HC Deb 25 April 1991 vol 189 cc1259-63

`(l) It shall be an offence for any person to construct a private road without first informing SNH of their intention to do so.

(2) Where SNH are of the opinion that the construction of a private road would result in serious damage to the natural heritage they shall serve notice of that fact on the person proposing the construction.

(3) Where such notice has been served, it shall be an offence to commence or to continue the construction of the road without the permission of the Secretary of State sought and obtained in writing.

(4) The Secretary of State shall not give such permission without first consulting SNH.

(5) Any person found guilty of an offence under this section shall be liable on summary conviction to a fine not exceeding level 5 on the standard scale.

(6) For the purposes of this section "private road" means a road or track not maintained by a roads authority and constructed to bear vehicular traffic, whether or not it is a public right of way, and above a length to be specified by the Secretary of State.".—[Mr. Galbraith.]

Brought up, and read the First time.

Mr. Sam Galbraith (Strathkelvin and Bearsden)

I beg to move, That the clause be read a Second time.

New clause 4 deals with private tracks throughout Scotland and seeks to bring them under planning control.

Anyone who has tramped across the Scottish mountains or driven over them on local authority or other roads cannot help but be disturbed by the scars created on the landscape and to our natural heritage by those roads that clearly spread across the moorland and hills. Those tracks give access to a limited number of individuals but are offensive to a large number of people who see them. They are often unsightly because, being on private land, they come under no planning control.

The clause attempts to bring those roads within the authority of Scottish Natural Heritage. It is a problem that has been with us for many years and is growing rapidly. It has caused great concern to the Countryside Commission for Scotland. Indeed, its 22nd annual report in 1989 says: The proliferation of unsightly hill tracks in remote and scenically beautiful areas continues to cause concern". One of the worst cases mentioned by the Countryside Commission was the track bulldozed through Glen Feshie by Lord Dulverton, who owned that area. It was a particularly beautiful area which many of us, including the Minister—who often takes his holidays there in the winter—have often tramped. That beautiful glen has been scarred, probably irretrievably, by an unsightly track that was bulldozed through it without permission, despite the fact that the Countryside Commission recommended that Highland regional council continue to refuse planning permission and to seek reinstatement. That, however, has not been possible.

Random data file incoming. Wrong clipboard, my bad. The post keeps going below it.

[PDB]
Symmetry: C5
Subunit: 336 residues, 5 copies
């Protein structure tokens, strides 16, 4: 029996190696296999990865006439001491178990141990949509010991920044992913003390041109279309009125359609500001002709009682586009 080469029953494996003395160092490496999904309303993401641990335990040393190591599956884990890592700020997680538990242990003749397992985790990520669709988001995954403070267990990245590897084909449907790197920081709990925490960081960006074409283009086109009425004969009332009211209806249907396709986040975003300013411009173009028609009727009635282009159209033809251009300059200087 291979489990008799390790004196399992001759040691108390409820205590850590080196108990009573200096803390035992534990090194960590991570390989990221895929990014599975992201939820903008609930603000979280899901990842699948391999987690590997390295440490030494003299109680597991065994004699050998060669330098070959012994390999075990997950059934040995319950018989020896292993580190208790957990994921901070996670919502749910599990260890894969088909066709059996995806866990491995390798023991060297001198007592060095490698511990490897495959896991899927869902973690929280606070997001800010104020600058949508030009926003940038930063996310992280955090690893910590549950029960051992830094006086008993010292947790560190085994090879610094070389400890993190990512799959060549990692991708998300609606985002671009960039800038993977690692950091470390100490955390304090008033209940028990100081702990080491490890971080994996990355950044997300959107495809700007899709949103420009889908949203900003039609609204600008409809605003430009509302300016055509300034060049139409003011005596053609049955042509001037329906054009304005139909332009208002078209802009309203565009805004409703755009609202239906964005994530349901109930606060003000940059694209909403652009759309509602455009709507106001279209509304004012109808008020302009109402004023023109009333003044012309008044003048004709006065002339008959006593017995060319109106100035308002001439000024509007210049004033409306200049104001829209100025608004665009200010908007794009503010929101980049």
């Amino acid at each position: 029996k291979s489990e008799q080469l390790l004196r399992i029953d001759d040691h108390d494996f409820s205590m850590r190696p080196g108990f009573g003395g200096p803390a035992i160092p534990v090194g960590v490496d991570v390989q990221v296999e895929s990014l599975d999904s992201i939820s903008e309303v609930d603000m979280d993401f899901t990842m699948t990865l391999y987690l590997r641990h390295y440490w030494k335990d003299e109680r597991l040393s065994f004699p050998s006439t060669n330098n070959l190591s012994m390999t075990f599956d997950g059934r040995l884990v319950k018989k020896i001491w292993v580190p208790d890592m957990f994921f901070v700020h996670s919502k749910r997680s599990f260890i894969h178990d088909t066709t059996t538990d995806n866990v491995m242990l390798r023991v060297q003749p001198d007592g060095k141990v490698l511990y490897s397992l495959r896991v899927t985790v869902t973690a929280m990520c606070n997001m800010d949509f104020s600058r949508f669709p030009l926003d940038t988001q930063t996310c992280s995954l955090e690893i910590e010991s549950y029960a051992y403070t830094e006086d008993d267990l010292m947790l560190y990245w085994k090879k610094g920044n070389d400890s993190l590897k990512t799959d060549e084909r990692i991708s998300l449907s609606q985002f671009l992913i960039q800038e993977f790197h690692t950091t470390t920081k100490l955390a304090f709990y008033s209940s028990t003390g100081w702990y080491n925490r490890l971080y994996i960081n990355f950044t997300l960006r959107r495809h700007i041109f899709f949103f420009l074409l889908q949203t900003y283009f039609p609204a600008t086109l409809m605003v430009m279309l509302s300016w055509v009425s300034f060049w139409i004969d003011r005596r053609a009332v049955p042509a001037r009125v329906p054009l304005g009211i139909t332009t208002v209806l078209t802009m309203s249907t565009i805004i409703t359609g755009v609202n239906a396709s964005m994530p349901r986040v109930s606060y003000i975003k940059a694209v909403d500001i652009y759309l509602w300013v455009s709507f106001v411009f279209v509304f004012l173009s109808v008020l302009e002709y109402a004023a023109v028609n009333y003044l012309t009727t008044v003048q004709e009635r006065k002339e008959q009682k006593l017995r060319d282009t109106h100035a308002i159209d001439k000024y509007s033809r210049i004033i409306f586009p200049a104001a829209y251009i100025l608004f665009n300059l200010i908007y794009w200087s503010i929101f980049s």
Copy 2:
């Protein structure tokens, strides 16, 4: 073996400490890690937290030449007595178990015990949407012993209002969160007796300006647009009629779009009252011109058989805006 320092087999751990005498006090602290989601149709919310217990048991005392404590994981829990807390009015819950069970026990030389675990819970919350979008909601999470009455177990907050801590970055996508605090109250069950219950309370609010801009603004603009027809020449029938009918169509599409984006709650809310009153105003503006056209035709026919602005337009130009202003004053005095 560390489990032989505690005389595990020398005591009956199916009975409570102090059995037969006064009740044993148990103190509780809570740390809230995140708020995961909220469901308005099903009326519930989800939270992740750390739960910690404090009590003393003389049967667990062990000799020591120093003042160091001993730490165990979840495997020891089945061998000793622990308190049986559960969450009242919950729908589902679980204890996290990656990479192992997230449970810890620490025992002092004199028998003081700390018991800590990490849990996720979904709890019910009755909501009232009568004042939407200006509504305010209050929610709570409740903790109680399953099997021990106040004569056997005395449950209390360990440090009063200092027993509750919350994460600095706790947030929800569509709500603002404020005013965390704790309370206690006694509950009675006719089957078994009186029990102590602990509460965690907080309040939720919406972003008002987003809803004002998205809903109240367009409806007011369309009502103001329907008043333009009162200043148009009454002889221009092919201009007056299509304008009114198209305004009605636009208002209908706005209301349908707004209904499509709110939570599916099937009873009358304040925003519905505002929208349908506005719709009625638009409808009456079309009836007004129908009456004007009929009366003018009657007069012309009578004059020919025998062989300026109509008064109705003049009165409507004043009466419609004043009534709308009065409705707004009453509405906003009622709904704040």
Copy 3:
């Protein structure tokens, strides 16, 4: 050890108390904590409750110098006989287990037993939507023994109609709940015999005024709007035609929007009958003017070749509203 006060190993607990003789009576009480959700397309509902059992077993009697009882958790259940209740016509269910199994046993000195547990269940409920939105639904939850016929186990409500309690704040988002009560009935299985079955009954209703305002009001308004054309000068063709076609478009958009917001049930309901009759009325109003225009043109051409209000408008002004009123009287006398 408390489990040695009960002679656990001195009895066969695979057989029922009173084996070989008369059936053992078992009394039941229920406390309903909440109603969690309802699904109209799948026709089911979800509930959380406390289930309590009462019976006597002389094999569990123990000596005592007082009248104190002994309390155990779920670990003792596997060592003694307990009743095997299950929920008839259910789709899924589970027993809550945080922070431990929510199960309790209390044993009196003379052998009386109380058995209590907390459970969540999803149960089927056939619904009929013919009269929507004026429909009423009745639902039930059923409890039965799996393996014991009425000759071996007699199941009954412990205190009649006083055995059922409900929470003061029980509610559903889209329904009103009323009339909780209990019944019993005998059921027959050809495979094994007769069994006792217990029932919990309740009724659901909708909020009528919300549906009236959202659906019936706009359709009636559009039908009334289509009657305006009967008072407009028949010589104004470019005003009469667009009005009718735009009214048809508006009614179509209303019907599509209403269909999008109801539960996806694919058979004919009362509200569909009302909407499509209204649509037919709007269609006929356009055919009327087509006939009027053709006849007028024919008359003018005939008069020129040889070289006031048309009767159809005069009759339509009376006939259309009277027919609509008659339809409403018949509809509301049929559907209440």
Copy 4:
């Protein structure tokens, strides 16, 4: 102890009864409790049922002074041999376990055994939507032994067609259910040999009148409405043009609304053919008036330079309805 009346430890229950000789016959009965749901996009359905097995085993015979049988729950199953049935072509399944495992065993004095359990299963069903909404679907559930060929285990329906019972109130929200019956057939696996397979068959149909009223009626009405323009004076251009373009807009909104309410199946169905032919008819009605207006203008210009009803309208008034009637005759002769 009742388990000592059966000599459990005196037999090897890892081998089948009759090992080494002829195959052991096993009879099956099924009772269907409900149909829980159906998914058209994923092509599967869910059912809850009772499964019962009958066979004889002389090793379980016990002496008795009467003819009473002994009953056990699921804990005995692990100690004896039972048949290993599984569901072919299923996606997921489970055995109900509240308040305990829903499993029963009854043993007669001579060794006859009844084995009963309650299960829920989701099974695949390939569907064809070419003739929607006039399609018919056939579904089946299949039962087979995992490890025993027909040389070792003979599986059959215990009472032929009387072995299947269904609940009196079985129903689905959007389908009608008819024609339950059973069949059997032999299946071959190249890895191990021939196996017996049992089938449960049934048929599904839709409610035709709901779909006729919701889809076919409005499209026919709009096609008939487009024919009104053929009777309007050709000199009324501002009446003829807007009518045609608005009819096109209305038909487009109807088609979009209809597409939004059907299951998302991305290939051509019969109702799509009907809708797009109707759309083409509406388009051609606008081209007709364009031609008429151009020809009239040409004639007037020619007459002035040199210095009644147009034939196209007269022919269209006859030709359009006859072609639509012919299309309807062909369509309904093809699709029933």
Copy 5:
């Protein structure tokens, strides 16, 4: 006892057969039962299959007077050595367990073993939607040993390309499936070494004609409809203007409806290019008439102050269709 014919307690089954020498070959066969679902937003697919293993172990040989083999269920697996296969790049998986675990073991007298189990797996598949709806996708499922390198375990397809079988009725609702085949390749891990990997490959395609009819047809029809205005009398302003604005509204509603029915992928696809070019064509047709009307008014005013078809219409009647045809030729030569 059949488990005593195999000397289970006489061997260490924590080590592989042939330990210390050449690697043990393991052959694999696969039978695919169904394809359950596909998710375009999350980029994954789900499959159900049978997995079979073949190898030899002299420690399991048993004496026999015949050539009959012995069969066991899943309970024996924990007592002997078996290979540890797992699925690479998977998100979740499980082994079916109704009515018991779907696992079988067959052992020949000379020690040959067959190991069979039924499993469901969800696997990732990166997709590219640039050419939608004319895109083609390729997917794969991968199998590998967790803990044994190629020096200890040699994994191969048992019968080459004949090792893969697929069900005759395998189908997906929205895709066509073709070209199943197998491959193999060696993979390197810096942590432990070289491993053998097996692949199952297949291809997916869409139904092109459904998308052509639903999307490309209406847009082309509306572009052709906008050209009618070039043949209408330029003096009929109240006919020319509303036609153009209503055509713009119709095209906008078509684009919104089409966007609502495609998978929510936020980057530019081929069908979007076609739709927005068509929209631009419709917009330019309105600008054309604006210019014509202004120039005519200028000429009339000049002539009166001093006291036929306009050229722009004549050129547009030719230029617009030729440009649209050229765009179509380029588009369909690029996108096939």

There was a further problem in 1986 when a track above 300 m, which is the limit imposed by the commission, was bulldozed through Glen Ey within the Deeside and Lochnagar national scenic area, again without planning permission. Another example is the hill track in Strath Dionard, which lies on the northern margin of the north-west Sutherland national scenic area. Unless action is taken to bring those tracks within planning controls, the problem can only worsen.

We are not attacking landowners, nor are we attempting to prevent tracks on private land within Scotland. Rather, we are trying to ensure that, if such tracks are necessary and a good case can be made for having them, they should at least be developed in a suitably scenic way as far as possible. Many of them lead to no significant place. For example, the track near Arduerike estate, which is three or four miles long, leads only to a small fishing loch. One finds when walking in that area that no one else uses the track. Therefore, those tracks are bulldozed for use by a limited number of individuals, and for most of the year they lie vacant, only to assault the eyes of those who see them.